Dividing cells almost always adopt a spherical shape. This is true of most eukaryotic cells lacking a rigid cell wall and is observed in tissue culture and single-celled organisms, as well as in cells dividing inside tissues. While the mechanisms underlying this shape change are now well described, the functional importance of the spherical mitotic cell for the success of cell division has been thus far scarcely addressed. Here we discuss how mitotic rounding contributes to spindle assembly and positioning, as well as the potential consequences of abnormal mitotic cell shape and size on chromosome segregation, tissue growth, and cancer.
ESCRT-III assembly and cytokinetic abscission are induced by tension release in the intercellular bridge
Julie Lafaurie-Janvore, Paolo Maiuri, Irène Wang, Mathieu Pinot, Jean-Baptiste Manneville, Timo Betz, Martial Balland and Matthieu Piel
Science - Vol.339 (n°6127) 1625-1629 - DOI: 10.1126/science.1233866 - 2014
The last step of cell division, cytokinesis, produces two daughter cells that remain connected by an intercellular bridge. This state often represents the longest stage of the division process. Severing the bridge (abscission) requires a well-described series of molecular events, but the trigger for abscission remains unknown. We found that pulling forces exerted by daughter cells on the intercellular bridge appear to regulate abscission. Counterintuitively, these forces prolonged connection, whereas a release of tension induced abscission. Tension release triggered the assembly of ESCRT-III (endosomal sorting complex required for transport–III), which was followed by membrane fission. This mechanism may allow daughter cells to remain connected until they have settled in their final locations, a process potentially important for tissue organization and morphogenesis.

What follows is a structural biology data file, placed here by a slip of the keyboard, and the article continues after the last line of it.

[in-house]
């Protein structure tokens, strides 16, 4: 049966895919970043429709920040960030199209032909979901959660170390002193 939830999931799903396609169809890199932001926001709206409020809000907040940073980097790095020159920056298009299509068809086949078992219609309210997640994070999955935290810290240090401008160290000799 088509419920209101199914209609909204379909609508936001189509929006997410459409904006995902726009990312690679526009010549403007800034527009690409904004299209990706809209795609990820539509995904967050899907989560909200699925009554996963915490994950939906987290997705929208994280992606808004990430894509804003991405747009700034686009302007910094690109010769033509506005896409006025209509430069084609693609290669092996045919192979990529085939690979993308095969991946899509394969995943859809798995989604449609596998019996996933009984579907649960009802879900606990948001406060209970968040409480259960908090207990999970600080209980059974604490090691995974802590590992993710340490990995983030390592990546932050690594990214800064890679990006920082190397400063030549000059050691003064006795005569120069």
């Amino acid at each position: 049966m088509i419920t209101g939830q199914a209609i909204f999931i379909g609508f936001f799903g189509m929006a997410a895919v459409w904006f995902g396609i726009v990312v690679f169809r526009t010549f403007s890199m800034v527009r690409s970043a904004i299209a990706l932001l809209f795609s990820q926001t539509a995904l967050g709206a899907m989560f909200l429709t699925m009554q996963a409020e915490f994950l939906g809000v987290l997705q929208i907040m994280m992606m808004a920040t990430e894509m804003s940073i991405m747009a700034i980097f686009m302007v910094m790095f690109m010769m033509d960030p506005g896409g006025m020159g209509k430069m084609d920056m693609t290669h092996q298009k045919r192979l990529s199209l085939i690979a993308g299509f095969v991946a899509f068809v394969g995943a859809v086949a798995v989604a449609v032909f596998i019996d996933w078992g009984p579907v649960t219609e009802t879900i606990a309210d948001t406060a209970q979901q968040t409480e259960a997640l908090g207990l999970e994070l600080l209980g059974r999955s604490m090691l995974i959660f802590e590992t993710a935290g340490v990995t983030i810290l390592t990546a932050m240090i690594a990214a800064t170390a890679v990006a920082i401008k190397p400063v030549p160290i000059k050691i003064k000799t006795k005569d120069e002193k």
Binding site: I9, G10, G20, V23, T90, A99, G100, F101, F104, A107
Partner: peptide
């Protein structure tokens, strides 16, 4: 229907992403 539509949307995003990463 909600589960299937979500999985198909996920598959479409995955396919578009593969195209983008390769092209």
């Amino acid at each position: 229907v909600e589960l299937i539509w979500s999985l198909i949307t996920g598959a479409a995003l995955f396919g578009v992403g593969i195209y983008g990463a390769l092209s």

Photosensitive Polyamines for High-Performance Photocontrol of DNA Higher-Order Structure Venancio-Marques
Venancio-Marques, Anna, Bergen Anna, Rossi-Gendron Caroline, Rudiuk Sergii, and Baigl Damien
American Chemical Society Nano (ACS Nano) - Volume 8 (4) 3654–3663 - DOI: 10.1021/nn500266b - 2014
Polyamines are small, ubiquitous, positively charged molecules that play an essential role in numerous biological processes such as DNA packaging, gene regulation, neuron activity, and cell proliferation. Here, we synthesize the first series of photosensitive polyamines (PPAs) and demonstrate their ability to photoreversibly control nanoscale DNA higher-order structure with high efficiency. We show with fluorescence microscopy imaging that the efficiency of the PPAs as DNA-compacting agents is directly correlated to their molecular charge. Micromolar concentration of the most efficient molecule described here, a PPA containing three charges at neutral pH, compacts DNA molecules from a few kilobase pairs to a few hundred kilobase pairs, while subsequent 3 min UV illuminations at 365 nm triggers complete unfolding of DNA molecules. Additional application of blue light (440 nm for 3 min) induces the refolding of DNA into the compact state. Atomic force microscopy reveals that the compaction involves a global folding of the whole DNA molecule, whereas UV-induced unfolding is a modification initiated from the periphery of the compacted DNA, resulting in the occurrence of intermediate flower-like structures prior to the fully unfolded state.

Keywords: polyamines; DNA compaction; photocontrol; DNA; AFM; light
RecG and UvsW catalyse robust DNA rewinding critical for stalled DNA replication fork rescue
Maria Manosas, Senthil K. Perumal, Piero R. Bianco, Felix Ritort, Stephen J. Benkovic and Vincent Croquette
Nature Communications - -4 2368 - DOI: 10.1038/ncomms3368 - 2013
Helicases that both unwind and rewind DNA have central roles in DNA repair and genetic recombination. In contrast to unwinding, DNA rewinding by helicases has proved difficult to characterize biochemically because of its thermodynamically downhill nature. Here we use single-molecule assays to mechanically destabilize a DNA molecule and follow, in real time, unwinding and rewinding by two DNA repair helicases, bacteriophage T4 UvsW and Escherichia coli RecG. We find that both enzymes are robust rewinding enzymes, which can work against opposing forces as large as 35 pN, revealing their active character. The generation of work during the rewinding reaction allows them to couple rewinding to DNA unwinding and/or protein displacement reactions central to the rescue of stalled DNA replication forks. The overall results support a general mechanism for monomeric rewinding enzymes.